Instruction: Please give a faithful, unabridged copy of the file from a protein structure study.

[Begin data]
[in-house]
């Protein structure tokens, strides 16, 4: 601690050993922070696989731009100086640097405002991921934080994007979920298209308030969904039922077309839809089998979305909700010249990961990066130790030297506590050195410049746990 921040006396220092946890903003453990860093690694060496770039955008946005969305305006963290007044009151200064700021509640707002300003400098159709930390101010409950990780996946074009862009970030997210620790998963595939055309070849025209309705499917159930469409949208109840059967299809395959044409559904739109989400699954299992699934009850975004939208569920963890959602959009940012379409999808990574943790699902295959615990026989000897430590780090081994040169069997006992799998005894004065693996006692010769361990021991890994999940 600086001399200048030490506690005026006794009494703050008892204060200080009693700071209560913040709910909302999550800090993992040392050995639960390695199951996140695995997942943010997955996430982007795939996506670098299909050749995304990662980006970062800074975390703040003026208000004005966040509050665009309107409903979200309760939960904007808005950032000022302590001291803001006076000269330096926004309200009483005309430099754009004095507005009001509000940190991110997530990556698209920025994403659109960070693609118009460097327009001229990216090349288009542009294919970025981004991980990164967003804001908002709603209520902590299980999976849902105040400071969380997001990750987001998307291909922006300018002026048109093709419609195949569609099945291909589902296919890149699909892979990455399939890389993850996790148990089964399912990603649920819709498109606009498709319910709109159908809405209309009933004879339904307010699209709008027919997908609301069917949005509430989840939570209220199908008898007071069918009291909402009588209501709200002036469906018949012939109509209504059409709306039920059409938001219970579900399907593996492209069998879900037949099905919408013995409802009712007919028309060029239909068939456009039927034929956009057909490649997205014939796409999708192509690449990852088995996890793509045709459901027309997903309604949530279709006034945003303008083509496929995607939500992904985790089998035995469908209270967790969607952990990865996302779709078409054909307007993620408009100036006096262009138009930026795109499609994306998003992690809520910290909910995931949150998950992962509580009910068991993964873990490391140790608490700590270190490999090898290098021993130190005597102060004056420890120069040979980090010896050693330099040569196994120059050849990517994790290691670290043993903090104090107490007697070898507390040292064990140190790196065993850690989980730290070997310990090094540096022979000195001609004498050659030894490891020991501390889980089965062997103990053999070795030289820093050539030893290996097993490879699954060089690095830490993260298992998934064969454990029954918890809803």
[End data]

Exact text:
[in-house]
């Protein structure tokens, strides 16, 4: 601690050993922070696989731009100086640097405002991921934080994007979920298209308030969904039922077309839809089998979305909700010249990961990066130790030297506590050195410049746990 921040006396220092946890903003453990860093690694060496770039955008946005969305305006963290007044009151200064700021509640707002300003400098159709930390101010409950990780996946074009862009970030997210620790998963595939055309070849025209309705499917159930469409949208109840059967299809395959044409559904739109989400699954299992699934009850975004939208569920963890959602959009940012379409999808990574943790699902295959615990026989000897430590780090081994040169069997006992799998005894004065693996006692010769361990021991890994999940 600086001399200048030490506690005026006794009494703050008892204060200080009693700071209560913040709910909302999550800090993992040392050995639960390695199951996140695995997942943010997955996430982007795939996506670098299909050749995304990662980006970062800074975390703040003026208000004005966040509050665009309107409903979200309760939960904007808005950032000022302590001291803001006076000269330096926004309200009483005309430099754009004095507005009001509000940190991110997530990556698209920025994403659109960070693609118009460097327009001229990216090349288009542009294919970025981004991980990164967003804001908002709603209520902590299980999976849902105040400071969380997001990750987001998307291909922006300018002026048109093709419609195949569609099945291909589902296919890149699909892979990455399939890389993850996790148990089964399912990603649920819709498109606009498709319910709109159908809405209309009933004879339904307010699209709008027919997908609301069917949005509430989840939570209220199908008898007071069918009291909402009588209501709200002036469906018949012939109509209504059409709306039920059409938001219970579900399907593996492209069998879900037949099905919408013995409802009712007919028309060029239909068939456009039927034929956009057909490649997205014939796409999708192509690449990852088995996890793509045709459901027309997903309604949530279709006034945003303008083509496929995607939500992904985790089998035995469908209270967790969607952990990865996302779709078409054909307007993620408009100036006096262009138009930026795109499609994306998003992690809520910290909910995931949150998950992962509580009910068991993964873990490391140790608490700590270190490999090898290098021993130190005597102060004056420890120069040979980090010896050693330099040569196994120059050849990517994790290691670290043993903090104090107490007697070898507390040292064990140190790196065993850690989980730290070997310990090094540096022979000195001609004498050659030894490891020991501390889980089965062997103990053999070795030289820093050539030893290996097993490879699954060089690095830490993260298992998934064969454990029954918890809803």